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rofldothtml

Dns leak with openVPN

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rofldothtml

If I use the torguard client, it makes my ping go to 3000 every 5 seconds, so I used the VPN set up in windows and it gives me horrible download speeds, so I use OpenVPN now. It works completely fine, except if I do a test on dnsleaktest.com it gives me a list of ips from google. 

 

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rofldothtml

i already downloaded it earlier and it still has the ping spikes

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TorGuard

- Google chrome has WebRTC enabled by default which will leak your IP addresses.

- Your network device could be still using your ISP's DNS servers. Which will require you to set the DNS servers to alternative ones.

 

aH9Mt3o.png

 

Since you are not using the client you will have to do these fixes manually. TorGuard VPN client prevents these leaks.

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Support

Hello, would it be possible that we logged on to take a look at the ping issue while using TG Client ? Thanks

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19807409

If I use the torguard client, it makes my ping go to 3000 every 5 seconds, so I used the VPN set up in windows and it gives me horrible download speeds, so I use OpenVPN now. It works completely fine, except if I do a test on dnsleaktest.com it gives me a list of ips from google.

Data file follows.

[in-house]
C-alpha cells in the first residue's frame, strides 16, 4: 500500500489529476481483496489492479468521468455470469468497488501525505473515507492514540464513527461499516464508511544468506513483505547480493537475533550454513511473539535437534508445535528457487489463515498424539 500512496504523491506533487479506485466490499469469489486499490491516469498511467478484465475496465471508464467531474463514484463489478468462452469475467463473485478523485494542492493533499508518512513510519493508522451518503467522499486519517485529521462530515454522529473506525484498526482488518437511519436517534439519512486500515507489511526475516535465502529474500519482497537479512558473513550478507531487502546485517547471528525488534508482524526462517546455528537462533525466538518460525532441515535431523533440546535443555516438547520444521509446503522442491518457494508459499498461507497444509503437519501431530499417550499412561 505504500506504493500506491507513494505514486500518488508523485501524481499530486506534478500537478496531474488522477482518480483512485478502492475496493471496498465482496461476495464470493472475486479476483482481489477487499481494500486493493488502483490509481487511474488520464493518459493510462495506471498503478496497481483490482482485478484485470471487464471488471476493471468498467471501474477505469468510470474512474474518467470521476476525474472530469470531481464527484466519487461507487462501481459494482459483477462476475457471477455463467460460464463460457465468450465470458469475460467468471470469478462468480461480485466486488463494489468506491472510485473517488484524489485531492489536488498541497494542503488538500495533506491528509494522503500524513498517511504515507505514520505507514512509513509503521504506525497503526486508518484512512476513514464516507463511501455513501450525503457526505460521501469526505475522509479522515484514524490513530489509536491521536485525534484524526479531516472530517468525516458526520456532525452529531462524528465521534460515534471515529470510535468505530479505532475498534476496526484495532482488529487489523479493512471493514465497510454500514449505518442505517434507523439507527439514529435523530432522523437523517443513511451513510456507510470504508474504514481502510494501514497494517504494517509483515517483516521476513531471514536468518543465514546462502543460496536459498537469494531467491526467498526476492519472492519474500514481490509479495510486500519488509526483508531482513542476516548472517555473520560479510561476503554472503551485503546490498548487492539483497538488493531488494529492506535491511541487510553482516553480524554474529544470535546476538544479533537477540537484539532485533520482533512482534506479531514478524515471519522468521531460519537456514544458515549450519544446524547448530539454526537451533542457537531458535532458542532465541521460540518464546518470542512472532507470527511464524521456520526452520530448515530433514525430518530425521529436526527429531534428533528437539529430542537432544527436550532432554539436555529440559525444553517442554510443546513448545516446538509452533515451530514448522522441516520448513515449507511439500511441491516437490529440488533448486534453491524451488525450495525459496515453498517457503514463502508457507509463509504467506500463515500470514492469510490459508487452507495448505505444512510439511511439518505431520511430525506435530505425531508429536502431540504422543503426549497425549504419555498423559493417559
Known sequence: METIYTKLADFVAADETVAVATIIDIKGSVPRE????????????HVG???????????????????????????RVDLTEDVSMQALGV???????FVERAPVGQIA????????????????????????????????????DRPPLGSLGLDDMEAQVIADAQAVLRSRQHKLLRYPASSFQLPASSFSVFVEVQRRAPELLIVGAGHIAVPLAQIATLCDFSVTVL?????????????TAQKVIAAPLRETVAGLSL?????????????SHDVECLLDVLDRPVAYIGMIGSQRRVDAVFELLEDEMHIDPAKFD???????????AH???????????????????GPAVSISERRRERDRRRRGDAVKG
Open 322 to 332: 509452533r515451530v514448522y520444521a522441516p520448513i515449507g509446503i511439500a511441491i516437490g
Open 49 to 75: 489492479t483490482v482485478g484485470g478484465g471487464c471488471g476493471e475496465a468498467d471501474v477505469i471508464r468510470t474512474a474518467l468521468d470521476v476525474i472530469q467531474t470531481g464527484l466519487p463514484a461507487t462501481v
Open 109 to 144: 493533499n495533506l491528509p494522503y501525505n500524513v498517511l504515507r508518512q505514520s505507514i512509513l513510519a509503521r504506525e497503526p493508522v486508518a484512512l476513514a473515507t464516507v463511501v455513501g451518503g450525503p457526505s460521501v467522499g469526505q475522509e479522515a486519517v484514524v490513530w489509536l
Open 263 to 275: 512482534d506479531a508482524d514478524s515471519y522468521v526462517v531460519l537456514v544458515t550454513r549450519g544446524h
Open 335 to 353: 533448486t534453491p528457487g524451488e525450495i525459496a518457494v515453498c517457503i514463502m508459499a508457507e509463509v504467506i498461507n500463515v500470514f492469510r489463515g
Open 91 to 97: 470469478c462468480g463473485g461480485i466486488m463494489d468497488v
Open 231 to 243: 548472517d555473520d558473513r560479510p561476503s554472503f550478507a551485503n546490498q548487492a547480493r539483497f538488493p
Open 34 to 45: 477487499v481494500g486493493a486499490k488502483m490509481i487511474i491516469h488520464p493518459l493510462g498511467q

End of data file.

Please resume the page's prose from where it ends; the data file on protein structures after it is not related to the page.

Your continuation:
It is since couple of years something that many ISP do. You recognise it as example if you do enter wrong page, then you dont get redirected to the standard error page but to some of your provider. 

 

What they do is DNS hijacking and everybody should be really aware of this. Here is what you can do to stop this bad and stupid behaviour of your ISP.

 

first ping some nonexistant ip:

ping someNonExistantDomain.tld

If you get any response instead of host not found, then your DNS is being probably hijacked. This means you discovered first bogus nxdomain.

 

Now let's look for any other address which you might know about if you get responses to the ping (lets say ping returned you 123.123.123.123):

nslookup someNonExistantDomain.tld

If you get answer something like this

Non-authoritative answer:
Name:   someNonExistantDomain.tld
Address: 123.123.123.123
Name:   someNonExistantDomain.tld
Address: 123.123.123.124

Here we can see that there is another bad IP which you dont like.

 

Now your question is probably how to stop your ISP from playing such cards :) ?

 

Here you go ;)

just add these ip's to your dnsmasq as bogus-nxdomain.

bogus-nxdomain=123.123.123.123
bogus-nxdomain=123.123.123.124

Thats it, you are finished.

 

On OpenWRT, DD-Wrt, Tomato, ... you mostly find dnsmasq under services.

How to check If you did everything right? Here you go :), make again nslookup to the same domain

[email protected]:~# nslookup someNonExistantDomain.tld
nslookup: can't resolve '(null)': Name does not resolve